In a novel, you may have many moments of drama as the word count is so large and it is these moments of suspense that makes the reader want to turn the page to find out what happens next. This all happens in the middle of your book.

The end of the story should arrive at a natural conclusion. All threads teased out through your characters actions and the storyline must be neatly sewn up at the end. It does not need to be a happy ending always, but it must be a satisfying end for the reader. The reader must be left feeling good, that justice was served.


  • Your personal experience is best
  • Other people’s experiences, hearing stories or conversations.
  • Research
  • Imagination, what if…? why does…? 
  • Observation: newspapers, magazines, sitting in a café, theatre etc.

If writing historical or setting your story in locations you may not have visited then you need to do research. 

You must give the reader a sense of being there with your characters so knowing the historical era is vital to draw your reader in.

As a writer, observation of life needs to be developed. The five senses, taste, touch, hearing, sight and smell all need to be triggered. The most powerful of the senses is smell; it can arouse so many emotions and memories.

The idea for a story is its theme. This could be romance, murder, historical or fantasy etc.  

POV (Point of View) Who is telling the story?

It is usually either written in the first person or third person. When writing in the first person, the sentences have a tendency to be short and snappy. The story is being told from one person’s point of view so can be trickier to deal with. as the main character can only describe what he/she thinks the other characters feel. It is only the narrator’s view we have to believe to tell us the truth. When using the third person, it is more comfortable to write as each character has a voice and the narrator just fills in the background. Writing in the second person can/has been done but is unusual.

Consider the following: It is late on a Saturday night and a crowd are queuing to get into the local nightclub. An argument takes place between two people and a fight erupts. Regarding points of view, there are many. There are the two people who started the argument, there are those who were within earshot, there is the club doorman who is keeping an eye on proceedings and then the Gardaí when they arrive. So you have many points of view so therefore you have many different descriptions of the one event. From whose POV would you tell the story from? You could use it as an exercise and try different POV, see what you are comfortable writing in.

Bear the following in mind when writing your story:


 “When written in Chinese the word ‘crisis’ is composed of two characters – one represents danger, and the other represents opportunity”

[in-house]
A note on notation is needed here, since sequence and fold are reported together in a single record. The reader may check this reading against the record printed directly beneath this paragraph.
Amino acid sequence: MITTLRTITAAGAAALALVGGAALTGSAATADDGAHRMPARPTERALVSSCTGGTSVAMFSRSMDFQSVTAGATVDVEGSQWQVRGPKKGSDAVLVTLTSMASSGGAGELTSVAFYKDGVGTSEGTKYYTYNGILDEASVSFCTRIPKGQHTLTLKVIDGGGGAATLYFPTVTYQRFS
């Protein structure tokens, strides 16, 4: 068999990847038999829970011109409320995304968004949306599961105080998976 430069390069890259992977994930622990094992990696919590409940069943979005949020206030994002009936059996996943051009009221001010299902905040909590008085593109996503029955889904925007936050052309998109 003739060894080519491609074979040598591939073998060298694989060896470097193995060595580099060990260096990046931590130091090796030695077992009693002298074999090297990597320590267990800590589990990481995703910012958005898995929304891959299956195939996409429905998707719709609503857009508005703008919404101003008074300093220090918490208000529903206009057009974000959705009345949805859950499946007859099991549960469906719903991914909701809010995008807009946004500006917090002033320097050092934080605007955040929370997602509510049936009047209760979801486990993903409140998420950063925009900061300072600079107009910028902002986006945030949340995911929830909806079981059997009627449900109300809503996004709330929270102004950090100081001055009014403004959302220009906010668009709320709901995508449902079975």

John F Kennedy, April 12th 1959. 

Use It or Lose It

In this piece I ask, do we need to turn up to our page each day?

Use it or lose it, is a phrase that is often heard in relation to having learnt something new, and retaining what has been learnt. It is also said in regard to our brain, to keep it sharp, tackling cross-words / word searches or puzzles daily is a wonderful exercise. 

But when it comes to writing, does it apply? If you do not sit and write each day will your creativity be any less? This thought came to me at about two a.m. in the morning when it appears that’s when most inspiration strikes for writers. I had not written daily for a few weeks now and I wondered if this would affect my writing ability. Would I get back to my routine with my laptop, spilling my thoughts on to the screen easily enough or would I struggle with it all.

So do I agree with the use it phrase or not?

I do not believe my creativity in storytelling will disappear if I do not write daily. I do feel however, it loses its shine. If I haven’t put pen to paper or tapped on my keyboard each day, then my words and thoughts flow slower. They are sluggish, reluctant to appear. My thoughts and ideas are still there, but they emerge in a more meandering way. They enjoy making me work for abandoning them, so it feels.

Whereas if I give a dedicated time to my writing and turn up each day to face the blank page, then my words rush out, at times faster than I can write or type them. There’s never a moment without some plot twist or character action or a story idea in a writer’s mind, it is unending. But as I said earlier, these ideas do not play fair with a writer if they have not interacted with each other for a while.